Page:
What is the difference in texture between pottery and ceramics?

Pottery often has a generally rough finish compared to ceramics. It has a handmade quality, whereas ceramics are often made for precision engineering and so tend to have a smoother finish and surface.

Ceramics in their broadest sense can also be seen as durable, particularly if used for engineering purposes, whereas pottery is not always durable and can be broken easily if dropped or smashed.

toilet pots


What is the difference between pottery and ceramics techniques?

One of the main differences in ceramics and pottery is the techniques used. In ceramics, one can use a variety of fascinating techniques. For example ceramic artists often use coiling, a method that requires the artist to roll clay into long, serpent-like strands and layer them to construct a piece. Another commonly used technique is slab construction, which involves the creation of flat clay sheets and their subsequent combination to form intricate shapes. The most recognized and perhaps iconic ceramic technique is wheel throwing, where clay is shaped and molded on a revolving wheel. In addition to these primary techniques, ceramics offers a plethora of decorative methods. Artists may opt to paint, glaze, carve or incise their pieces, each adding a unique touch to the final product.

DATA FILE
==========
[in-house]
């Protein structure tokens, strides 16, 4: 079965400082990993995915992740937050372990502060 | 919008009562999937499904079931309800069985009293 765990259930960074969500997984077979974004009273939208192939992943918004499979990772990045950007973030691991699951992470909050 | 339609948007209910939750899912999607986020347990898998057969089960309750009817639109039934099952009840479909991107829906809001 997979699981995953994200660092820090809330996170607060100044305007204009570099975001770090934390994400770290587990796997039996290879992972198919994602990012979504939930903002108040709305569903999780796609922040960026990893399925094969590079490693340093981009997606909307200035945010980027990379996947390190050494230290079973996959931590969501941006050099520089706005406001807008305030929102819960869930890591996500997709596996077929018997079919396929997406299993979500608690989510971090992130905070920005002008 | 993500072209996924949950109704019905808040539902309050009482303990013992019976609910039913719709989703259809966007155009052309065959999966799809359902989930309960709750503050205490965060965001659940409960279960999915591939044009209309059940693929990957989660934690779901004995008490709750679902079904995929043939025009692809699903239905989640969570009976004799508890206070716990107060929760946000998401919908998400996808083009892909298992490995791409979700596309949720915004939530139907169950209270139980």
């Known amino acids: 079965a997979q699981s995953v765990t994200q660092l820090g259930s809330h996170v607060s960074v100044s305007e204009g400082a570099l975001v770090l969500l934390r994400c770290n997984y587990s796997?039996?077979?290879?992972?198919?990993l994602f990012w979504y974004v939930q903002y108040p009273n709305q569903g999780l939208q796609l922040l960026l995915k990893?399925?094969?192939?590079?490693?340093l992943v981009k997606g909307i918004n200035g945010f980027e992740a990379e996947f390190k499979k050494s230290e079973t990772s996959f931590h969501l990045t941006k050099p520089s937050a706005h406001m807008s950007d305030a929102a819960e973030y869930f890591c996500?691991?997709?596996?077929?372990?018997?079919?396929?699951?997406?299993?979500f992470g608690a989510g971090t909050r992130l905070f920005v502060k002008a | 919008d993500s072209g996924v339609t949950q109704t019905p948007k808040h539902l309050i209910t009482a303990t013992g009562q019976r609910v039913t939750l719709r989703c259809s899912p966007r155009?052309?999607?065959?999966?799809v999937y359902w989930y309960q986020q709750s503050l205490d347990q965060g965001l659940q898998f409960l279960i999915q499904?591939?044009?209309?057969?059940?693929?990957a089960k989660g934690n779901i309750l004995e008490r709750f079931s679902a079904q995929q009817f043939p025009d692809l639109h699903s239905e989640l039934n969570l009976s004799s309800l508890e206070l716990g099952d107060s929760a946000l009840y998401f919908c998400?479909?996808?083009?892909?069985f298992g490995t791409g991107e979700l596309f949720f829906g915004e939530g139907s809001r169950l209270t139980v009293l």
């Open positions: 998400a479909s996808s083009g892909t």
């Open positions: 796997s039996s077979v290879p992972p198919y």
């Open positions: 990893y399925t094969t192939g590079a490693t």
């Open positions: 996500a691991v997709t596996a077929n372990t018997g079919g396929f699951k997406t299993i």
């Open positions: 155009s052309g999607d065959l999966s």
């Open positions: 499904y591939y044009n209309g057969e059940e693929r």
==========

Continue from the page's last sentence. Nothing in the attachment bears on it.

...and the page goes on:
While pottery shares some techniques with ceramics, like wheel throwing and coiling, the emphasis is predominantly on functionality rather than artistic expression. The finishing stage in pottery often involves burnishing or applying a slip - a special blend of clay and water - which renders a silky, polished finish to the piece. Although pottery embraces ornamentation, the decorations are usually more restrained compared to ceramics. This understated decor underscores the practical nature of the piece, rather than simply serving as an embellishment. So, in pottery, every curve, every groove has a purpose, subtly marrying aesthetics and utility.


In summary - what is the difference between pottery and ceramics?

Technically, pottery is a form of ceramics, but ceramics covers a much broader spectrum. Pottery is very much dedicated to the making of one specific ceramic type and using one specific ceramic material, namely pots and clay.

They are intrinsically similar in the way they are processed - all ceramics are materials which change irreversibly when heated, but the use of ceramics goes far beyond pots, bowls, dishes or plates.

Although ceramics in their general sense can be processed in a factory setting, there are also elements of ceramic production which require just as much skill as pottery production. Ceramic or artistic figures or glass figures require immense skill and precision but do not require a potter's wheel or traditional pottery techniques used by potters.

Others would describe figurines and such as pottery, but the general consensus is that pottery is solely focused on the production of pots or similar vessels. Pottery is classed as functional, whereas ceramics in their broadest term can be both functional and artistic.